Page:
From an early age, John Ruskin had attempted a systematic study of the history of art, concentrating on Italian Renaissance painting, which was to remain a passion almost equal to his love of architecture.
After several visits to Italy with his parents, John Ruskin returned again and again to study the country’s painting and architecture. When visiting Florence and Venice in 1845, he discovered the work of Fra Angelico and Tintoretto respectively. He believed that drawing from the original was the best way to study a painting and spent a lot of time in front of Fra Angelico and Tintoretto’s work, making sketches and highly detailed studies. The study of a sheep below, from the group illustrating St Dominic preaching to Heretics, was drawn in the Spanish Chapel in Florence and can be found in Ruskin's 1874 sketchbook.
"I have copied the head of the very pious, but slightly weak-minded, little lamb in the centre, to compare with my rough Cumberland ones, who have had no such grave experiences."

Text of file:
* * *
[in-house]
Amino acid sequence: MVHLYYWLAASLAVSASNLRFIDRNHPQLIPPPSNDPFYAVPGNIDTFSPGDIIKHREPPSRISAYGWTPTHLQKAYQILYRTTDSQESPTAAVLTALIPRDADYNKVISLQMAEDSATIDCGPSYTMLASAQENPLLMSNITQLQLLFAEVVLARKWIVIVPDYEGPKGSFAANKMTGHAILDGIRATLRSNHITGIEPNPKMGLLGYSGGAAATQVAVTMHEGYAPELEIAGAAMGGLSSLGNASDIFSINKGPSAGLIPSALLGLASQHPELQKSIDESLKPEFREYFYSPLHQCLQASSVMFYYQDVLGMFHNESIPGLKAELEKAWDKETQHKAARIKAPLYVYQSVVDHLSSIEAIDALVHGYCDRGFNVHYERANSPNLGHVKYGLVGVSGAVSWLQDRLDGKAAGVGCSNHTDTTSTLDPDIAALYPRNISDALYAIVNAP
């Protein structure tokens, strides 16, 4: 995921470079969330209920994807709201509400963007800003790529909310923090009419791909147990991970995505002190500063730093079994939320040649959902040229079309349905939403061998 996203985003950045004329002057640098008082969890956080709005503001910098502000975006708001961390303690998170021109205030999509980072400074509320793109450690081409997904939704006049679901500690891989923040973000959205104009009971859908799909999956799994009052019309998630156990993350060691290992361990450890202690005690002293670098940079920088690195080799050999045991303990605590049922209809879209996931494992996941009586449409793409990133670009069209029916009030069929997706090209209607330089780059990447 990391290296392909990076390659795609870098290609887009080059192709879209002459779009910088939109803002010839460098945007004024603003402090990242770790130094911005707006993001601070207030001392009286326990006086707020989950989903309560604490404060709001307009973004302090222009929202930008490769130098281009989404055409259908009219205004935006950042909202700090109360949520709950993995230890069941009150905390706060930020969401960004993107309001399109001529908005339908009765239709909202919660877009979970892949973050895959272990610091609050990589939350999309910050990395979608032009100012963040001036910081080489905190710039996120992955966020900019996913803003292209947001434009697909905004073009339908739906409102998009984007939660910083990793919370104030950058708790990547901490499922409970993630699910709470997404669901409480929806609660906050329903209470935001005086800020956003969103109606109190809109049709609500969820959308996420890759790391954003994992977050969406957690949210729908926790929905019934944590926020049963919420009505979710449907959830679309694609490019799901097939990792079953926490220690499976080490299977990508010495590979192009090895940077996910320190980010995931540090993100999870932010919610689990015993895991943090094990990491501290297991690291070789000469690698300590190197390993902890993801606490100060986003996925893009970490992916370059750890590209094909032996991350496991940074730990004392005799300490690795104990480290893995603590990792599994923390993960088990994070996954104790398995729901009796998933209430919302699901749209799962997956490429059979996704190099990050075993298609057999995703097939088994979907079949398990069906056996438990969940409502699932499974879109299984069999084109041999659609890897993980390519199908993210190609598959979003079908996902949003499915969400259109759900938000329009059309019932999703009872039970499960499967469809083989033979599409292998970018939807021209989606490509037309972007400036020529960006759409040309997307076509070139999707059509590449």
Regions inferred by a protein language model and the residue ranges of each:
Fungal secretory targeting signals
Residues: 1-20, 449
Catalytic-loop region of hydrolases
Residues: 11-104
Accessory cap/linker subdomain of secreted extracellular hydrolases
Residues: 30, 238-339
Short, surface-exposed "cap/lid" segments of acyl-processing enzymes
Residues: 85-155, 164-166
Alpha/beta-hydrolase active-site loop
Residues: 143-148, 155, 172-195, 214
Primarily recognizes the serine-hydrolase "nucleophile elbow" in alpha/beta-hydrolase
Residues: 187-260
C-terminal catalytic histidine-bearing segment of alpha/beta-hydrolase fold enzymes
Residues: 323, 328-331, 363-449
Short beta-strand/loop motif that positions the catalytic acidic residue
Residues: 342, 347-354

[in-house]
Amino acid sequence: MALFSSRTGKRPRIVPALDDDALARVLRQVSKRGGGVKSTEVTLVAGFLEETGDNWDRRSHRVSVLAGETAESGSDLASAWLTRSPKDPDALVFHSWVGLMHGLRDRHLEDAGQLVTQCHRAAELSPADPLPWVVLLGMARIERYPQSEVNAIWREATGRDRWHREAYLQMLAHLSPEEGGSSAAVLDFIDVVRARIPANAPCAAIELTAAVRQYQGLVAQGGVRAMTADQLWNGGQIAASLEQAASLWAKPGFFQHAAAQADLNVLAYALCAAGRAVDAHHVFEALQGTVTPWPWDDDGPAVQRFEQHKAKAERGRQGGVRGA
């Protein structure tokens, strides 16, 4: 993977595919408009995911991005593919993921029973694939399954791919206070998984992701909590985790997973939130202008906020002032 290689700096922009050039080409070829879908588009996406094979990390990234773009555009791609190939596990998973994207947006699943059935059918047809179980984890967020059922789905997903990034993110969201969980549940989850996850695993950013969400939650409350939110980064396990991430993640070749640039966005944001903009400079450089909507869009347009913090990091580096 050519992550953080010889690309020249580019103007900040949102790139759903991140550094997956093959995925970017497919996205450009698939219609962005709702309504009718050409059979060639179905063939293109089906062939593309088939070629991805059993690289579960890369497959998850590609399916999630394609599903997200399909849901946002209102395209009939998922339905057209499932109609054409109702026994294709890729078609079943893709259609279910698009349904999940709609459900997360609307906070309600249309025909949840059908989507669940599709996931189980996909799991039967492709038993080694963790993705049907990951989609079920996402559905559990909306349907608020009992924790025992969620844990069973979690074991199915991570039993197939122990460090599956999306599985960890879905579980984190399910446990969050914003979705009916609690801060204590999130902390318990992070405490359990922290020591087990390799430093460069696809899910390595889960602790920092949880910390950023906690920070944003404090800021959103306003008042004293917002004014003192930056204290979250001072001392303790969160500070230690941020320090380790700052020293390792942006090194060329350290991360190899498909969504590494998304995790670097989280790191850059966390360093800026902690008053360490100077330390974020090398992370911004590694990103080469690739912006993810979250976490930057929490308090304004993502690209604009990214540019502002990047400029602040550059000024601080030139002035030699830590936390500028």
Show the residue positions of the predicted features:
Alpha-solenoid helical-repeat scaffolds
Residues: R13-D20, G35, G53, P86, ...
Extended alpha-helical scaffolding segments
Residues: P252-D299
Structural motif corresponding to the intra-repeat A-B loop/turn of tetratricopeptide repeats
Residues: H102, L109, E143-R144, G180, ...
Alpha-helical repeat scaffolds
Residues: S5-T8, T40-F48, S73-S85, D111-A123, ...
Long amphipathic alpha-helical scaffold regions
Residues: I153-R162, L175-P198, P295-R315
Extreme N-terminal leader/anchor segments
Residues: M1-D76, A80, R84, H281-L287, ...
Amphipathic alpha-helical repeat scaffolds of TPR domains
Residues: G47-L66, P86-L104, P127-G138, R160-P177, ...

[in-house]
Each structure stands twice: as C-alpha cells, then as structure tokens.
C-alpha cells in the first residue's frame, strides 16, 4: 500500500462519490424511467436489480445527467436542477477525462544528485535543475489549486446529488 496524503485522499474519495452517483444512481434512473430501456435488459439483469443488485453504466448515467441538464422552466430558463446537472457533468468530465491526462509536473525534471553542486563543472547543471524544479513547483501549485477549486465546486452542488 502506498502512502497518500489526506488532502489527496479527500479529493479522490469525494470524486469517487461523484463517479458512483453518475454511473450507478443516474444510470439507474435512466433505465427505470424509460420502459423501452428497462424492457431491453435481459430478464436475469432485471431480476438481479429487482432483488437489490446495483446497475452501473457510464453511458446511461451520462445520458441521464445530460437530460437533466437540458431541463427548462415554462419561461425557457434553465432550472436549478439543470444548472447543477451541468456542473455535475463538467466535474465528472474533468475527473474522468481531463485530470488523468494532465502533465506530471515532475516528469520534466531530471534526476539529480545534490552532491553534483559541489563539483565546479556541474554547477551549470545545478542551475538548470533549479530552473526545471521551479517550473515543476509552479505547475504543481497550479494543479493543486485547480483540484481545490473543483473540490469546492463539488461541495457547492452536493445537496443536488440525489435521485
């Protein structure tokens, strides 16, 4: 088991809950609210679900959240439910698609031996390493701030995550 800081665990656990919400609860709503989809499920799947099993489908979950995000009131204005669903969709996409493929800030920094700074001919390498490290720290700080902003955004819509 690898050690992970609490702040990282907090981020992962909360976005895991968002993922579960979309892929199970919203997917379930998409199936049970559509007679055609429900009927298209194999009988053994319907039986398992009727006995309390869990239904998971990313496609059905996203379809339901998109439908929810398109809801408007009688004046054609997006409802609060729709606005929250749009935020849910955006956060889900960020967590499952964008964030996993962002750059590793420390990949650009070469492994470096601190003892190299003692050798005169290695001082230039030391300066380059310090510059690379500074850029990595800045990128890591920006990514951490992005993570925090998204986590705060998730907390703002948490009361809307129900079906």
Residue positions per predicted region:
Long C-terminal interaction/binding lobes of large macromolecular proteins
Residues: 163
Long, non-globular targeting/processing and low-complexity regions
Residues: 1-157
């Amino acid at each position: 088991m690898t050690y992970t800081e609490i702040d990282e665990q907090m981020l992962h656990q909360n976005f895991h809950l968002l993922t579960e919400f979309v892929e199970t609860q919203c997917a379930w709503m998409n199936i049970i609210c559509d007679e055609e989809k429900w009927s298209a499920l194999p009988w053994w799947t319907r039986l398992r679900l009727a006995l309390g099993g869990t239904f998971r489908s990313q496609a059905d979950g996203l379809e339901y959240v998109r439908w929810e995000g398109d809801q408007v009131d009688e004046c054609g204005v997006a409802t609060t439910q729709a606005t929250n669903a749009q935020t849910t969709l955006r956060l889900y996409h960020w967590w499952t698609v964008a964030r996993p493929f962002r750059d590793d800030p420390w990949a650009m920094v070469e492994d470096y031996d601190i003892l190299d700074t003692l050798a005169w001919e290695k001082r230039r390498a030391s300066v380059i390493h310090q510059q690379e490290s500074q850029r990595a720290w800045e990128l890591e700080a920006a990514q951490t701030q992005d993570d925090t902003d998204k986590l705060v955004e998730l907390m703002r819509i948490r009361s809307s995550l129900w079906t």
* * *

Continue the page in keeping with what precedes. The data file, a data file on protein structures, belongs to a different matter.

John Ruskin, Mornings in Florence (1875-7)
Ruskin's understanding of Old Master painting is illuminated in his letters and diaries, and by the drawings and watercolours that he made in Milan, Assisi, Florence and Venice. In addition to these, works by his associates and copyists including Edward Burne-Jones, Angelo Alessandri and Charles Fairfax Murray were featured in this exhibition.
Ruskin published several items about or containing references to the Old Masters. Most of his later writings on art were on the Florentine and Venetian painters, beginning with Val d'Arno (1874) and the lectures published as Ariadne Florentina in 1875-77. He also made material for a number of guides; these include Mornings in Florence (1875-7), which he wrote for cultured tourists, and the Guide to the Academy at Venice (1877), inspired by his winter stay in the city in 1876 and largely devoted to studying the work of Vittore Carpaccio. One of Ruskin's last written works was a preface to A Popular Handbook to the National Gallery (1888), compiled by E.T. Cook using quotations from Ruskin.
Charles Fairfax Murray: Allegory of Good Government (after Lorenzetti), 1338-39